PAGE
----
It is not uncommon to feel as though your leg lengths are different. Your leg was most likely slightly shorter to begin with as a result of the loss of cartilage. Your surgeon has restored the natural height of your hip during the surgery. In the operating room, leg lengths are accessed very carefully, and an attempt is made to make them as equal as possible. Sometimes, the new hip has to be lengthened in order to obtain proper muscle tension (to help avoid hip dislocation). Wait three months before making any final judgments about your leg length. Your muscles and body take time to adjust to a new hip. In rare cases, a shoe lift may be prescribed for a true difference in leg lengths. In most cases, however, no treatment is necessary.

Can I use weights?

Generally not for the first two months. However, as everyone's strength varies, consult with your physical therapist before using weights. Use light weights to begin with and gradually progress from 1 pound to a minimum of 5 pounds.

How long will I be on a blood thinner?

Typically, you will be on Coumadin (warfarin) as a blood thinner. This medication is used to help prevent blood clots. Some surgeons may order a dose of Coumadin the night before surgery and continue you on Coumadin while in the hospital. At the time of your discharge, you will be enrolled in our Coumadin Clinic. They will arrange for you to have blood draws at home. They will then adjust your Coumadin dose for you by phone. You will normally need to be on a blood thinner for four to six weeks. This will be decided prior to your discharge from the hospital. Some surgeons prefer to use an injectable blood thinner. This is something that you will administer yourself at home. Your surgeon will discuss the specifics of this with you prior to your discharge.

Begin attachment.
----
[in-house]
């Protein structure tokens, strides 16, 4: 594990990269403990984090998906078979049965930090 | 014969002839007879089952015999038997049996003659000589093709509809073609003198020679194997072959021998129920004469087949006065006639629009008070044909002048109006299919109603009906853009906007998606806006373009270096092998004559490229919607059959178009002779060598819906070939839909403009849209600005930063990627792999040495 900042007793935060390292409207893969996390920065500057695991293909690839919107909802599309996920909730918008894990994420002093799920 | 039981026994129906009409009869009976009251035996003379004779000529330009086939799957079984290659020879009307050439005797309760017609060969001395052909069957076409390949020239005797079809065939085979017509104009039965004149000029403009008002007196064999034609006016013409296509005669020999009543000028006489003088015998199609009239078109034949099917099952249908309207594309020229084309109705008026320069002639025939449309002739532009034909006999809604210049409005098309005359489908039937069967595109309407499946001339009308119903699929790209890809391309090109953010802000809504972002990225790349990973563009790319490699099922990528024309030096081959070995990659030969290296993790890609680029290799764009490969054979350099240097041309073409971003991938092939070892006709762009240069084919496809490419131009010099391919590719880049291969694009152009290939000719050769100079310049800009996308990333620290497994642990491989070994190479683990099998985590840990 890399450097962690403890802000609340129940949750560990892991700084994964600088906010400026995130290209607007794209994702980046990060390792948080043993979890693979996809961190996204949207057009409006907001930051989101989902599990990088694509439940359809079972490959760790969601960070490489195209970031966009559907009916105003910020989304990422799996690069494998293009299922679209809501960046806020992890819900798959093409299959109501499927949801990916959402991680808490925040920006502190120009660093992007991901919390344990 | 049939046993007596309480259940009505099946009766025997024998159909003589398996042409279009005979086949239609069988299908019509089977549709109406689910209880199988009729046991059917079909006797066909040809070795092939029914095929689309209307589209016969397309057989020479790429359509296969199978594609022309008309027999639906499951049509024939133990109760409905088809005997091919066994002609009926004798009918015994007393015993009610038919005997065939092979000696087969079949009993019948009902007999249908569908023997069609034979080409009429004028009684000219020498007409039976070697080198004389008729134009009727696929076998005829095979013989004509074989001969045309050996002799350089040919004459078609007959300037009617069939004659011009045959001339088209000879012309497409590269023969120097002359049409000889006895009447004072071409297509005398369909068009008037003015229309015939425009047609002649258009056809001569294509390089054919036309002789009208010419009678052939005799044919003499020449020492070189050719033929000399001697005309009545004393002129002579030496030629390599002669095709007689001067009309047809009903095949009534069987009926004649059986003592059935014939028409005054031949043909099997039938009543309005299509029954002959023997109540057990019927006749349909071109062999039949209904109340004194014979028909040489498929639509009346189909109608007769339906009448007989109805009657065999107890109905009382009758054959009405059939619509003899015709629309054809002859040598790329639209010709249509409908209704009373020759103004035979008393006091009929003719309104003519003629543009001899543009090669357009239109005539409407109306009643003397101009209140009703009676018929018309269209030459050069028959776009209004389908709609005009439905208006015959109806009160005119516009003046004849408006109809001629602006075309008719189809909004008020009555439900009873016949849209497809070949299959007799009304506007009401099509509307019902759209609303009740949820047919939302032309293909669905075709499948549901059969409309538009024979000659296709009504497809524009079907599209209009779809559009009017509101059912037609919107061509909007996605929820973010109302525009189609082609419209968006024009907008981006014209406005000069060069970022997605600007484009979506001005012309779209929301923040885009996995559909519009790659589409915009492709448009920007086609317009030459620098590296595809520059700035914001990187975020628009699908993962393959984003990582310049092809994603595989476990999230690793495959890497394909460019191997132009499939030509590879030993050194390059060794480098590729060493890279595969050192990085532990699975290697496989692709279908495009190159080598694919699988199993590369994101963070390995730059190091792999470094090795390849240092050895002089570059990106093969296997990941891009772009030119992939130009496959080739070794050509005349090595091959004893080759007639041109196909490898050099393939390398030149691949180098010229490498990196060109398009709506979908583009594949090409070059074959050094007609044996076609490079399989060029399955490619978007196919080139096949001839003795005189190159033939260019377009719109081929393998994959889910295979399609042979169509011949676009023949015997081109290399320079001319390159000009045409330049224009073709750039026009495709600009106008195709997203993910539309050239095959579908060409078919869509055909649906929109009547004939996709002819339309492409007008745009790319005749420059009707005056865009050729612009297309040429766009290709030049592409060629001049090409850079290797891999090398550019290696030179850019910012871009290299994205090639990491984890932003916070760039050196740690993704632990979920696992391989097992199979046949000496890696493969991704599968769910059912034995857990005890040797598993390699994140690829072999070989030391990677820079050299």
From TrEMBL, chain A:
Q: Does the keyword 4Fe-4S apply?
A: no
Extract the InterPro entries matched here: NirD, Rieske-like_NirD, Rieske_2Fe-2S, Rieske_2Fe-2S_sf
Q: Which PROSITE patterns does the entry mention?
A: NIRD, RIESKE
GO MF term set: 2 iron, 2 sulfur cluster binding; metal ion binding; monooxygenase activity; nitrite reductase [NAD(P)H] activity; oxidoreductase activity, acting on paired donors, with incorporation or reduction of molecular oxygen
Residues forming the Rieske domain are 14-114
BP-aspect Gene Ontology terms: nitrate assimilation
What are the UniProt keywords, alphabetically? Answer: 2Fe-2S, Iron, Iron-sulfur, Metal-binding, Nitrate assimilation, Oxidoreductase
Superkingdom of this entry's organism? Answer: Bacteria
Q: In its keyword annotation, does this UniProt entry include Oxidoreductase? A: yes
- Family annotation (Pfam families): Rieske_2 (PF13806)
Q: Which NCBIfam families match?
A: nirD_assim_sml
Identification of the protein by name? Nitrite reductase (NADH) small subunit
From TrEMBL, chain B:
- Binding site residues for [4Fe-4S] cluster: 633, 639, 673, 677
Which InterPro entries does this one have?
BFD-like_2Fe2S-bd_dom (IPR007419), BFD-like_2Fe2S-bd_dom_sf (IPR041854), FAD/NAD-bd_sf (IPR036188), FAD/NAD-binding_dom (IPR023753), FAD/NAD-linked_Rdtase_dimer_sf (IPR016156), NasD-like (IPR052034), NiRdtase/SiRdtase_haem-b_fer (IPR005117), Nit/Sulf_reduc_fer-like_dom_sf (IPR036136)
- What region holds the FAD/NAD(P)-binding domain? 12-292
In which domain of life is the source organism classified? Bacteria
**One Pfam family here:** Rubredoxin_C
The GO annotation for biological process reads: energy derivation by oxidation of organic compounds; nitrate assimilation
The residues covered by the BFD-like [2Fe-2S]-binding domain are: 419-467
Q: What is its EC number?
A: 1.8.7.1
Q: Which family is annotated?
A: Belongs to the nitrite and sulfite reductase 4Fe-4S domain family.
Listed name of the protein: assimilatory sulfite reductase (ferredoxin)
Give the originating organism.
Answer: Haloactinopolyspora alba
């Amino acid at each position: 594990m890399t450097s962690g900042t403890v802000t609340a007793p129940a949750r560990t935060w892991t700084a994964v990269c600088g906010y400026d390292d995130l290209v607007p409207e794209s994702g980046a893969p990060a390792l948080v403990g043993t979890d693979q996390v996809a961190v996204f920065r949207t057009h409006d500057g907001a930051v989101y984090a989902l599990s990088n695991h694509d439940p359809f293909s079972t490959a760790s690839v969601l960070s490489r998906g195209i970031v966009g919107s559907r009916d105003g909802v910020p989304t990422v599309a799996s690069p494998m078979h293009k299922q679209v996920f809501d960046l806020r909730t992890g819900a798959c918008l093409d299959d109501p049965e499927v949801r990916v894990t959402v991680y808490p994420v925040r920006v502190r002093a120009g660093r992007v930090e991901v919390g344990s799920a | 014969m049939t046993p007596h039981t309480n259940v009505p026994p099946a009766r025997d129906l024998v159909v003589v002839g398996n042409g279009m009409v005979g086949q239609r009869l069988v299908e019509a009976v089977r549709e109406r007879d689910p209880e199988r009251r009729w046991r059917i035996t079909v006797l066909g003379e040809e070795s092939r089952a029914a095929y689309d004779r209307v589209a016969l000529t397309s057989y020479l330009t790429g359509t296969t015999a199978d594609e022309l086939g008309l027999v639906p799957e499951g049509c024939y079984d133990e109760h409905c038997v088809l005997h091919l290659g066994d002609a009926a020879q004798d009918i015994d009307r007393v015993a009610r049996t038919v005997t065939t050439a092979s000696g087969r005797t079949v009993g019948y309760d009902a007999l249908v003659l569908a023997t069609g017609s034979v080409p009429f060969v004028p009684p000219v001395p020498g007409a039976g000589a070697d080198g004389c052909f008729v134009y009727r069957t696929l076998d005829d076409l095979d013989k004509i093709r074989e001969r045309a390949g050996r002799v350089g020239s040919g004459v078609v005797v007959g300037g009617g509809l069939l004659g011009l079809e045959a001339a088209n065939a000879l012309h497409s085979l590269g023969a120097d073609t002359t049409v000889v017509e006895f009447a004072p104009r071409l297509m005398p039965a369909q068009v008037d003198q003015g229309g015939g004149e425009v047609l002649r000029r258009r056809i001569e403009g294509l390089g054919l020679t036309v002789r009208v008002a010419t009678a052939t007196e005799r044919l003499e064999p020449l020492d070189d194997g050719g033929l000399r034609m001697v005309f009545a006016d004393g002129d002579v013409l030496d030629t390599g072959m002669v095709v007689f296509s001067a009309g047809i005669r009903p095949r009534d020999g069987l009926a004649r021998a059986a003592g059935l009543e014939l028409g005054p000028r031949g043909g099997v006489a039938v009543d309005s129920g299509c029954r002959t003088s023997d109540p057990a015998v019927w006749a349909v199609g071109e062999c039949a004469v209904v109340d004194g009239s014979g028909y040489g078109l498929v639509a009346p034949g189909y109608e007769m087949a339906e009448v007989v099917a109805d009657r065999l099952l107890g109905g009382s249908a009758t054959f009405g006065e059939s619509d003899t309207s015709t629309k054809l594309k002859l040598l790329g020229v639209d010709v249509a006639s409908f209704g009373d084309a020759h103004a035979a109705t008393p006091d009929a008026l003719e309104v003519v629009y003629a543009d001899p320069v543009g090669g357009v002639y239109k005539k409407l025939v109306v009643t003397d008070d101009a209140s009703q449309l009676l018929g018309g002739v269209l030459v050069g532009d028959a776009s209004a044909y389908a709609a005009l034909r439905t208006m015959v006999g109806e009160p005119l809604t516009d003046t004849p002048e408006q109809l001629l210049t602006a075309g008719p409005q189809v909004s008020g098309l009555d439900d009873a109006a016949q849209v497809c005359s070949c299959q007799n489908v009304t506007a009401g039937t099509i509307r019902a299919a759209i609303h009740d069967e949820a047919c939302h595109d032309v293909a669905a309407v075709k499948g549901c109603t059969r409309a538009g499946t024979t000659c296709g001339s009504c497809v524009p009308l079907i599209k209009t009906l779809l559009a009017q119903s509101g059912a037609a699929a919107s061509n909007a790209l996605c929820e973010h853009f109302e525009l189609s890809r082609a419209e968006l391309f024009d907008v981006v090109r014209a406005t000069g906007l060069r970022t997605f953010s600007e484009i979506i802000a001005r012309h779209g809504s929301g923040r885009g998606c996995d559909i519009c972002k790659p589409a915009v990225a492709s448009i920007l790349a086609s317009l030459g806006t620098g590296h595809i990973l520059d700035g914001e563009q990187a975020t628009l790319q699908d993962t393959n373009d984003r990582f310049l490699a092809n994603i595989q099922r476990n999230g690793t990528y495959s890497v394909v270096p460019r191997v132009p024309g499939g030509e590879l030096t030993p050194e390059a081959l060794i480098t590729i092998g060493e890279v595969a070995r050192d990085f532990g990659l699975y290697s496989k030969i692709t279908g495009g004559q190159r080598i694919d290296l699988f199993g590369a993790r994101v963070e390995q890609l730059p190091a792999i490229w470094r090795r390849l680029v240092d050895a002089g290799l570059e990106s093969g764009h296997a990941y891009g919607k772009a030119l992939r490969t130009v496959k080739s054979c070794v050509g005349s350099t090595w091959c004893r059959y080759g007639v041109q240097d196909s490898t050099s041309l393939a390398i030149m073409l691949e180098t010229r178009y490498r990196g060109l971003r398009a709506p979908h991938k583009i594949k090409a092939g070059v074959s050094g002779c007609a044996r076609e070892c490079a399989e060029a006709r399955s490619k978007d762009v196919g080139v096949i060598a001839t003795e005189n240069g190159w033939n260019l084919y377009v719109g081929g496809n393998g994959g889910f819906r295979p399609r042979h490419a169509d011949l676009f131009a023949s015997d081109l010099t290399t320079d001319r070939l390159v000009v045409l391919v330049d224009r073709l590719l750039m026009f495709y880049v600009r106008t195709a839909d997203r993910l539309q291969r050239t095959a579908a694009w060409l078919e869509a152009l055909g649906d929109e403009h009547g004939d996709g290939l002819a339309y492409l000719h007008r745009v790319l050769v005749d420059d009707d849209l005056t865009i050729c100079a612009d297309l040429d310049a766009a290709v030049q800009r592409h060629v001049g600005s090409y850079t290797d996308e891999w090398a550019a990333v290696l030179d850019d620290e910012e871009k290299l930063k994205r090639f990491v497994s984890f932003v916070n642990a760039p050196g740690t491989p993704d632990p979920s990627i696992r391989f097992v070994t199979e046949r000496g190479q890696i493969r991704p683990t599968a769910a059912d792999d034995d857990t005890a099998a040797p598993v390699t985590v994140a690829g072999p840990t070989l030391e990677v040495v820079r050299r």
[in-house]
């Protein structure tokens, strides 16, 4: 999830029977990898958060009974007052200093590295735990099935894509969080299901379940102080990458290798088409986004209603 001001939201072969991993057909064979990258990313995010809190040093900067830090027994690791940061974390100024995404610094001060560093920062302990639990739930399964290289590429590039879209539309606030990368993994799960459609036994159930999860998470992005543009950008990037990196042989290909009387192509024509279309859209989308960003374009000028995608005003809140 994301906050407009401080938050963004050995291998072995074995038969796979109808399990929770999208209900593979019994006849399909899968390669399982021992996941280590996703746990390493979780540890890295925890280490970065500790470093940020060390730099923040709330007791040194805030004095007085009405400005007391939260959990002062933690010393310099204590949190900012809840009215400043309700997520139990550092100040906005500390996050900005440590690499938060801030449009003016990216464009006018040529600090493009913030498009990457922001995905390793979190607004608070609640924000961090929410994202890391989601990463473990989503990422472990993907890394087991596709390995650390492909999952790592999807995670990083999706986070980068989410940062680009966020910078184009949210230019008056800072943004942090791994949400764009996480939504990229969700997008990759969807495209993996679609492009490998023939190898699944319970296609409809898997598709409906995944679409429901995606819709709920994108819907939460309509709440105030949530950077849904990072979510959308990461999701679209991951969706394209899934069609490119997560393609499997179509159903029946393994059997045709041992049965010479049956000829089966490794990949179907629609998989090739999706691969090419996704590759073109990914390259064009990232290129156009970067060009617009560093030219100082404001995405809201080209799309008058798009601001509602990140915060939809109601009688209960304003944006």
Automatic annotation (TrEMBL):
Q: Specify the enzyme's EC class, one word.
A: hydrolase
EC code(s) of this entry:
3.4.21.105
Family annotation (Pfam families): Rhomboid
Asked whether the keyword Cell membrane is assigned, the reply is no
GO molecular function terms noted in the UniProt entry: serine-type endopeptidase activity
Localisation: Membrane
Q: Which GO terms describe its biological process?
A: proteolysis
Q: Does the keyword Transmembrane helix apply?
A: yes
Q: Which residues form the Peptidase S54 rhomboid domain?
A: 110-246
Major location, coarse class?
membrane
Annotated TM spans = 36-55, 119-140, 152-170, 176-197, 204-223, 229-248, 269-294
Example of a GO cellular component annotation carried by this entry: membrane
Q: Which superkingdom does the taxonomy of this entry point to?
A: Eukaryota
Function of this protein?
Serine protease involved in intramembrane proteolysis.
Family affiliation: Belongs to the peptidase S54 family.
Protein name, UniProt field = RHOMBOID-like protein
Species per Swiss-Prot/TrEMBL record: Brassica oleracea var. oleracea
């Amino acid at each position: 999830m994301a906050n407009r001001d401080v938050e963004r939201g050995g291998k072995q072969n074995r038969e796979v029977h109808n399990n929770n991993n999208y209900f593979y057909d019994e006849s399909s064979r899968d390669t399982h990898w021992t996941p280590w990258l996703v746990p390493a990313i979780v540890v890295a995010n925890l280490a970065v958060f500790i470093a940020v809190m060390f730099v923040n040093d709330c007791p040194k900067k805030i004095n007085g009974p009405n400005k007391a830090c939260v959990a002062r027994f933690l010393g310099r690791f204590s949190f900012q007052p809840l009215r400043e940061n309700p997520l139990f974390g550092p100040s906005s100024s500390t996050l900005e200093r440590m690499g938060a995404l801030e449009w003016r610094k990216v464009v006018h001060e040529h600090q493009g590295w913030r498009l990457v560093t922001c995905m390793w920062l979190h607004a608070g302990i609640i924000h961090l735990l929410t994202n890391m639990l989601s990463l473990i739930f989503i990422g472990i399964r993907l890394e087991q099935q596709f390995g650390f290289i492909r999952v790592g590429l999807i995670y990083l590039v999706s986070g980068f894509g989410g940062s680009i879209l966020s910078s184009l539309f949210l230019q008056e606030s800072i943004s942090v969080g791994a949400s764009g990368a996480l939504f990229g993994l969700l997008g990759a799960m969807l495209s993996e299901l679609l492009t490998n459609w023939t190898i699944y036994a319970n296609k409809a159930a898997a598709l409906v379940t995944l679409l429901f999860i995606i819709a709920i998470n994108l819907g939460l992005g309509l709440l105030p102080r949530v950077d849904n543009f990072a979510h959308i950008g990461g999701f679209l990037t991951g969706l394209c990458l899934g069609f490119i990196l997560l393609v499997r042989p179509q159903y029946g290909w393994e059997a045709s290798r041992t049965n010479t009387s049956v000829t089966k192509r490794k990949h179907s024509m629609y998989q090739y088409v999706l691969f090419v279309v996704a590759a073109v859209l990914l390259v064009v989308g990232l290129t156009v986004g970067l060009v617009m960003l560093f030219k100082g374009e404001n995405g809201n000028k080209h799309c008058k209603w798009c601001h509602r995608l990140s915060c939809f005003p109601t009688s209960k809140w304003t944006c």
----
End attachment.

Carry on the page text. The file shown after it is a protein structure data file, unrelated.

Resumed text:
How long should I take iron supplements?

Four weeks is usually sufficient. These supplements help your body replenish its iron stores, which may be depleted postoperatively.

When can I drive?

If you had surgery on your right hip, you should not drive for at least one month. After one month, you may return to driving as soon as you feel comfortable. If you had surgery on your left hip, you may return to driving as soon as you feel comfortable as long as you have an automatic transmission. Be careful getting into and out of a car, and avoid crossing your operated leg over the other. DO NOT DRIVE IF TAKING NARCOTICS! Some surgeons do not allow their patients to drive until they have seen them back in their office four to six weeks after surgery. Check with your surgeon.